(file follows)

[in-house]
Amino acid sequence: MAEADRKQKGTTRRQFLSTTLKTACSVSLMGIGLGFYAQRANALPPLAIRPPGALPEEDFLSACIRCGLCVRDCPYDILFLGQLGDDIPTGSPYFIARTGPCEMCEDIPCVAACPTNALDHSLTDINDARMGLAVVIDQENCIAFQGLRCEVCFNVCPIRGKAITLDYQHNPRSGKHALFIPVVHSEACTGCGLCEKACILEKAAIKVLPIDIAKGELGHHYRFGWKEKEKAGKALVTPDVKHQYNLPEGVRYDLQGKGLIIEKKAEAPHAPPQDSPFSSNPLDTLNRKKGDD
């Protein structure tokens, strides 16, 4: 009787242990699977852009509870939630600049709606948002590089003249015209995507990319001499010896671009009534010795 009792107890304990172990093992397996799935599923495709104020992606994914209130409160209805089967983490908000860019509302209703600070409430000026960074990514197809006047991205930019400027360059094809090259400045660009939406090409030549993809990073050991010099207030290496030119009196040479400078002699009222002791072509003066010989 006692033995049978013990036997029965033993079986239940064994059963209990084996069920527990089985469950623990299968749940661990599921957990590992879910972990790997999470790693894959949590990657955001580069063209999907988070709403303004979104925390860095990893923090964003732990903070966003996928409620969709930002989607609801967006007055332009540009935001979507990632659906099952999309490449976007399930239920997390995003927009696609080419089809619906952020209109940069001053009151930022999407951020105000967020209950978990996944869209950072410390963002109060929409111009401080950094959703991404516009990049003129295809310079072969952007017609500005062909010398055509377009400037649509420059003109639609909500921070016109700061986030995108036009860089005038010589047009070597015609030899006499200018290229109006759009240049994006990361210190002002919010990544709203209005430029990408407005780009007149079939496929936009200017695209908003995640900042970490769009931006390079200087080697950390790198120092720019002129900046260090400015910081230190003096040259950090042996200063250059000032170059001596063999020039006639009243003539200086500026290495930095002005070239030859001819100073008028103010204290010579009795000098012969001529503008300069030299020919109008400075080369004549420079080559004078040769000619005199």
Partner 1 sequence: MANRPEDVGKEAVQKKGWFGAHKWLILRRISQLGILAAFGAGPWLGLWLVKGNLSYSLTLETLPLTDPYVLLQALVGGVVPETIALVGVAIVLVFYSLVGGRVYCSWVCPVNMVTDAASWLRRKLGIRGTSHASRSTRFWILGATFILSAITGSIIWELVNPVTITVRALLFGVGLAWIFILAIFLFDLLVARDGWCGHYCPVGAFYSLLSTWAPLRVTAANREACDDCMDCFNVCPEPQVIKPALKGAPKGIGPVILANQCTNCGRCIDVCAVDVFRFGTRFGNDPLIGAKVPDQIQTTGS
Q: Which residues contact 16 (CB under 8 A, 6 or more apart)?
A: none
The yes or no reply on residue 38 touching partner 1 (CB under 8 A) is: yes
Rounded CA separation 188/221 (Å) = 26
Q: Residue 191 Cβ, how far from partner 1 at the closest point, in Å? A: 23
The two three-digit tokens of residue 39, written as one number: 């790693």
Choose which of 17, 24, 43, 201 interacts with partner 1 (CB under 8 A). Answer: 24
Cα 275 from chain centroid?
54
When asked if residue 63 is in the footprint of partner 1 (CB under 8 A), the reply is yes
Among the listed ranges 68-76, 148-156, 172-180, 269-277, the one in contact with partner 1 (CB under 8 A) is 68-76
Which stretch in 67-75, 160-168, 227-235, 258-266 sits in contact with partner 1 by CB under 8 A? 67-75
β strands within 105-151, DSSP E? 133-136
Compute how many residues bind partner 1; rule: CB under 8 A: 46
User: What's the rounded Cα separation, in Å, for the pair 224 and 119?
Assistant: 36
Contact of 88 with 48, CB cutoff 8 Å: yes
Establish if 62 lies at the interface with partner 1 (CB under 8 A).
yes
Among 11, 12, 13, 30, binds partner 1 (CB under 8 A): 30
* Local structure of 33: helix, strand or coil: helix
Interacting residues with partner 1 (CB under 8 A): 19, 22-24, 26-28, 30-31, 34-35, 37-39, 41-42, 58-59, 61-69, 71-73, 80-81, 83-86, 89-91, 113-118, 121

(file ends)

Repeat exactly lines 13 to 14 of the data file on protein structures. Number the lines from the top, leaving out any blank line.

54
When asked if residue 63 is in the footprint of partner 1 (CB under 8 A), the reply is yes